Similarly, the fifth output from analog switch 30 is applied separately via delay circuit 35 and inverter 36 to adder 37 and thereon to sample and hold circuit 38 which samples at t=n+4 and dumps 8 time segments later to produce a Z'-X' output. The X' output is partially generated from the Xn pulse occurring at the first output from analog switch 30, the Xn pulse being delayed one time segment by delay circuit 39 and sampled at time n+1 and dumped at time n+3 by sample and hold circuit 40. The Xn+4 pulse from the fifth output from analog switch 30 is supplied via sample and hold circuit 41 to provide another part of the X output. The Xn+2 and Xn+6 pulses from the second output of analog switch 30 are supplied to an adder/delay circuit 42; derived X pulses are produced by taking the Yn+5 and Zn+7 pulses (from the third and fourth outputs of analog switch 30) and substracting therefrom the Y'-X' and Z'-X' output signals, respectively, and supplying these derived X pulses likewise to adder/delay circuit 42. Adder/delay circuit 42 adds the pulses supplied thereto and delays each one time segment. Adding the output from adder/delay circuit 42 to the outputs from sample and hold circuits 40 and 41 at adder 43 generates the X' signal.
The output signals and input signals are diagrammatically depicted in FIG. 5b. As aforementioned, striped filter 16 for the decoder depicted in FIG. 5a preferably passes green, green + blue, green, green + red light in a repeating pattern of light from the object. Thus, the X' signals preferably correspond to the green light, the Y' pulses preferably correspond to the green + blue light and the Z' pulses preferably correspond to the green + red light, as is shown in FIG. 5b. Therefore, the Y'-X' output corresponds to the blue color information signal, the Z'-X' output corresponds to the red color information signal and the X' output corresponds to the green color information signal. Brackets are used in FIG. 5a to depict this preferred signal to color relationship.
The X' output is passed through a low pass filter 44 which has bandwidth of approximately 3 MHz. Similarly, the Z'-X' and Y'-X' signals are passed through low pass filters 45 each of which has a bandwidth approximately 0.50 MHz. The outputs from the three low pass filters 44 and 45 (X, Z-X and Y-X) provide the three color information signals; the three outputs may be applied to the input of a luminance adder matrix 46 to generate a luminance signal (L).
As can be seen from FIG. 5b, the frequency of the X channel (preferably the green channel) is significantly higher than the frequencies of either the Z-X (preferably red) channel or the Y-X (preferably blue) channel. It can also be seen that the low frequency portions of the luminance signal, i.e., those below 0.50 MHz comprise portions of X, Z-X and Y-X signals whereas the higher frequency portions of the luminance signal, i.e., those between approximately 0.50 MHz and 3 MHz, are made up of primarily the X signal; this dependence on primarily the X signal for the higher frequency portions of luminance signal provides a pleasing picture to the human eye, especially if the X signal is selected to represent the green or modified photopic response portions of the color signal as shown in FIG. 6 for reasons which are discussed below. The bandwidth of the Z-Y and Y filters 36 is limited to 0.50 MHz, to reduce the propensity of the system to generate more interference patterns in accordance with information processing theory. Using a 0.50 MHz filter does not appreciably reduce picture quality to the human eye.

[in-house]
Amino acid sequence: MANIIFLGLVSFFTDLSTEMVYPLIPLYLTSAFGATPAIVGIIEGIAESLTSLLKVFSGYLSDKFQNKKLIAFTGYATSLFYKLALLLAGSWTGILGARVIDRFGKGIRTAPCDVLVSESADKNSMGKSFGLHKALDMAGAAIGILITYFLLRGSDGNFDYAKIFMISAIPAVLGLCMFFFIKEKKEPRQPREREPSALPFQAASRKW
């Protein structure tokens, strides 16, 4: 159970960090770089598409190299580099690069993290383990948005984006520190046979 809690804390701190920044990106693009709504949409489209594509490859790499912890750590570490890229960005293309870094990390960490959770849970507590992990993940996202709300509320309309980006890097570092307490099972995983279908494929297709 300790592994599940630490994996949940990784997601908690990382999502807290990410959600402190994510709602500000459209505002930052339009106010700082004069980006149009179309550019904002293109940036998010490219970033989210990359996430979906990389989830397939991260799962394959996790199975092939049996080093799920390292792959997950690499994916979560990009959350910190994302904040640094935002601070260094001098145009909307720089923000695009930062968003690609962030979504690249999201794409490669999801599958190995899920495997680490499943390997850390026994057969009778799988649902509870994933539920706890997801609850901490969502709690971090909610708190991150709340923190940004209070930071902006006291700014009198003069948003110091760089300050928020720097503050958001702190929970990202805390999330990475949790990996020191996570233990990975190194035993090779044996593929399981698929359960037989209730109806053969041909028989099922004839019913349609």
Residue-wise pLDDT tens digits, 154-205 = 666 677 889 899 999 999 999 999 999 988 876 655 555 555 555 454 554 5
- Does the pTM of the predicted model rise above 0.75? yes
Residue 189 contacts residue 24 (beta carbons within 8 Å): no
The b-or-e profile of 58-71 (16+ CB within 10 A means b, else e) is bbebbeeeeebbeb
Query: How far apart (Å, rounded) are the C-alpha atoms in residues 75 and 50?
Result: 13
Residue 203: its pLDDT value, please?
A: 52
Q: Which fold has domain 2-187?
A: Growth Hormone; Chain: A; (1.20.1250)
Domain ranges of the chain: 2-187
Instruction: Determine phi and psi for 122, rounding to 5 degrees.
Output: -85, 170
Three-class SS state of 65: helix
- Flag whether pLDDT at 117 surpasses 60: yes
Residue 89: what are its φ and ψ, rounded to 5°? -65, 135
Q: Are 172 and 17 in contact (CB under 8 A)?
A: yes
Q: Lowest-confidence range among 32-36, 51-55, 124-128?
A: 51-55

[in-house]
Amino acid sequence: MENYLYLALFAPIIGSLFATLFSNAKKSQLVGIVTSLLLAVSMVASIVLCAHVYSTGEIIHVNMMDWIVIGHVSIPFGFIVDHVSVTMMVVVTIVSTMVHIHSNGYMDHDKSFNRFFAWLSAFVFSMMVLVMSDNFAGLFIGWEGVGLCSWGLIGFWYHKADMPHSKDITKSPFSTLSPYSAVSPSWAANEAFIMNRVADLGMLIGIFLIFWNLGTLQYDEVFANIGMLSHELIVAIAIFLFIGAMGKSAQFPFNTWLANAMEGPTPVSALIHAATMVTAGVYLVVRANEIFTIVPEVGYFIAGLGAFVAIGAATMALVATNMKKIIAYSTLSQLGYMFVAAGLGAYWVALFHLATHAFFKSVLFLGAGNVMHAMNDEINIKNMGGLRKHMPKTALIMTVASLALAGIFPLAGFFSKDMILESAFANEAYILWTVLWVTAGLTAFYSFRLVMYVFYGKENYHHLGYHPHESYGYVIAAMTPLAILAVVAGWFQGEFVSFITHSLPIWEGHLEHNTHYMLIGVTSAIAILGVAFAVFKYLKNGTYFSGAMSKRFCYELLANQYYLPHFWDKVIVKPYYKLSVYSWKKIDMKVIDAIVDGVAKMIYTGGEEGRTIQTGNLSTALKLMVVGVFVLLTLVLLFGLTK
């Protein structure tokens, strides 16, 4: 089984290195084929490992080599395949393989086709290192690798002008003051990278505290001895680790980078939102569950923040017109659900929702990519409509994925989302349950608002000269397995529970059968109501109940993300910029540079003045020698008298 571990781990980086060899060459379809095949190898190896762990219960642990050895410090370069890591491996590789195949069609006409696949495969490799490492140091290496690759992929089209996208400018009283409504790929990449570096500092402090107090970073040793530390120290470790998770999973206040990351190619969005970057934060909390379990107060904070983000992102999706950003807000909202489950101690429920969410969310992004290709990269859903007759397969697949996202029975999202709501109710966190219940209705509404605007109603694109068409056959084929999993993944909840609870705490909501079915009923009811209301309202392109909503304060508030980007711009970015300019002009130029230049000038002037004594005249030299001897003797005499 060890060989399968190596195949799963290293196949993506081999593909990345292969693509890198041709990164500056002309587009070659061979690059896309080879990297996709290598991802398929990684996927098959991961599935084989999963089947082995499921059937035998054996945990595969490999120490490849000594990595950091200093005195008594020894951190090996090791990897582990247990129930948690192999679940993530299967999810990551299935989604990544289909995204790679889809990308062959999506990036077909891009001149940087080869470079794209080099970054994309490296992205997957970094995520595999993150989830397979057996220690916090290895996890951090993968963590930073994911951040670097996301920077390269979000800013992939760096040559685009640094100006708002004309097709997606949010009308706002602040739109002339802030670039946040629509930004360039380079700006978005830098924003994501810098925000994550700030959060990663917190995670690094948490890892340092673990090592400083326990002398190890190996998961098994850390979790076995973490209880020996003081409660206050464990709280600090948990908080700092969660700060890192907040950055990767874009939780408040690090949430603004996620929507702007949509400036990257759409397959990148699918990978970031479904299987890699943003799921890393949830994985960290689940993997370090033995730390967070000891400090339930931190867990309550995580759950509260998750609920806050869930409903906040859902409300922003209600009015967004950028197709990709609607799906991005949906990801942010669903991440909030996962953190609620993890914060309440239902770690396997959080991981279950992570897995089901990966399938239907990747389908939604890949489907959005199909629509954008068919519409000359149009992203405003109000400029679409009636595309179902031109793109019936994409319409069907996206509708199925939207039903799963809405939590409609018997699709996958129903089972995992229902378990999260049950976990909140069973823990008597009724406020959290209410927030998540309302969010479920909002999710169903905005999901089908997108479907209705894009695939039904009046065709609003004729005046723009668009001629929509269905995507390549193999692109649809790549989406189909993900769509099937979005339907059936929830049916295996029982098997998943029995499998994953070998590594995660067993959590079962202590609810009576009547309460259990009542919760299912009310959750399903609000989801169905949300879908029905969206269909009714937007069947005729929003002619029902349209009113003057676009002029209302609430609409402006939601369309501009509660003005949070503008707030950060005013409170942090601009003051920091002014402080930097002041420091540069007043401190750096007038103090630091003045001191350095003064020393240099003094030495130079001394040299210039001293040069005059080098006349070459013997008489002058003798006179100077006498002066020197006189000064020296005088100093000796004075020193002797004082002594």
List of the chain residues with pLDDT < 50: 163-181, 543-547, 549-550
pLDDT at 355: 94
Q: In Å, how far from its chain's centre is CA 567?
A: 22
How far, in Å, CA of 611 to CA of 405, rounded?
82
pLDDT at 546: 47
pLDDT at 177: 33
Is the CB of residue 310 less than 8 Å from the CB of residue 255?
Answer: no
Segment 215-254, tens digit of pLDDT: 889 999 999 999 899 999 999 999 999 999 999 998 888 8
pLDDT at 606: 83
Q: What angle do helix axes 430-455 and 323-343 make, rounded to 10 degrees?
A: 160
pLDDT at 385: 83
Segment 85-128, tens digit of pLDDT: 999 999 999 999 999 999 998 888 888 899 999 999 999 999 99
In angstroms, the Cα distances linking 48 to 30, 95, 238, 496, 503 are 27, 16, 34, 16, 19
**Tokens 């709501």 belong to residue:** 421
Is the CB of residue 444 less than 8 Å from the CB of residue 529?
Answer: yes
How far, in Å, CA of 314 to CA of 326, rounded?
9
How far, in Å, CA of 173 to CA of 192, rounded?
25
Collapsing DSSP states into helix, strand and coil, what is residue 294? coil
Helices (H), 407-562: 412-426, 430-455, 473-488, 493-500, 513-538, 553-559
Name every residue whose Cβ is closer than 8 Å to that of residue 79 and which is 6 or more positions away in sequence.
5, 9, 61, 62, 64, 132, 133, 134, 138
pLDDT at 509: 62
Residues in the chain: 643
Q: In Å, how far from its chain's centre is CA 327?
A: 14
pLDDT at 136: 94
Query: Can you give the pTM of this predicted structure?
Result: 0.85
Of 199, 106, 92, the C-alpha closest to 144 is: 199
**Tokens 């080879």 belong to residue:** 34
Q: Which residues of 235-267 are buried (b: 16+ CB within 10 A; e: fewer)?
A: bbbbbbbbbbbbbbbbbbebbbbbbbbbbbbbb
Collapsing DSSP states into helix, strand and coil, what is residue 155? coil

As the physical size of a source of light decreases, that is, as the subtended angle of incidence in the human eye of the light source decreases, the human eye loses its ability to discern color information before it loses its ability to discern the presence of the object. Effectively, the response of the human eye to color information has a narrower bandpass than its response to luminance information. Therefore, in color television systems, the color signals need not have the same bandwidth as the luminance signal simply because there is no purpose in displaying information which the human eye cannot discern.
Referring now to FIG. 6, there is graphically shown the curve of wavelength versus relative amplitude of green light and total light detected by the eye. The green light is represented by a solid line while eye sensitivity is represented by a dashed line. As red light has a longer wavelength and blue light has a shorter wavelength than green light, it can be seen that the relative sensitivity of the human eye to these primary colors is (1) green, (2) red and lastly (3) blue. Further, the aforementioned insensitivity of the human eye to the color of light having small angles of incidence effects red and blue light before it affects green light. Given this greater sensitivity to green light, the color information signal produced by decoder 17 in accordance with the invention, capable of representing the smallest size object, is the green color information signal. Since the X signal has the greatest bandwidth and thus can convey the most video information, the X signal preferably corresponds to the green color or modified photopic component of the video information.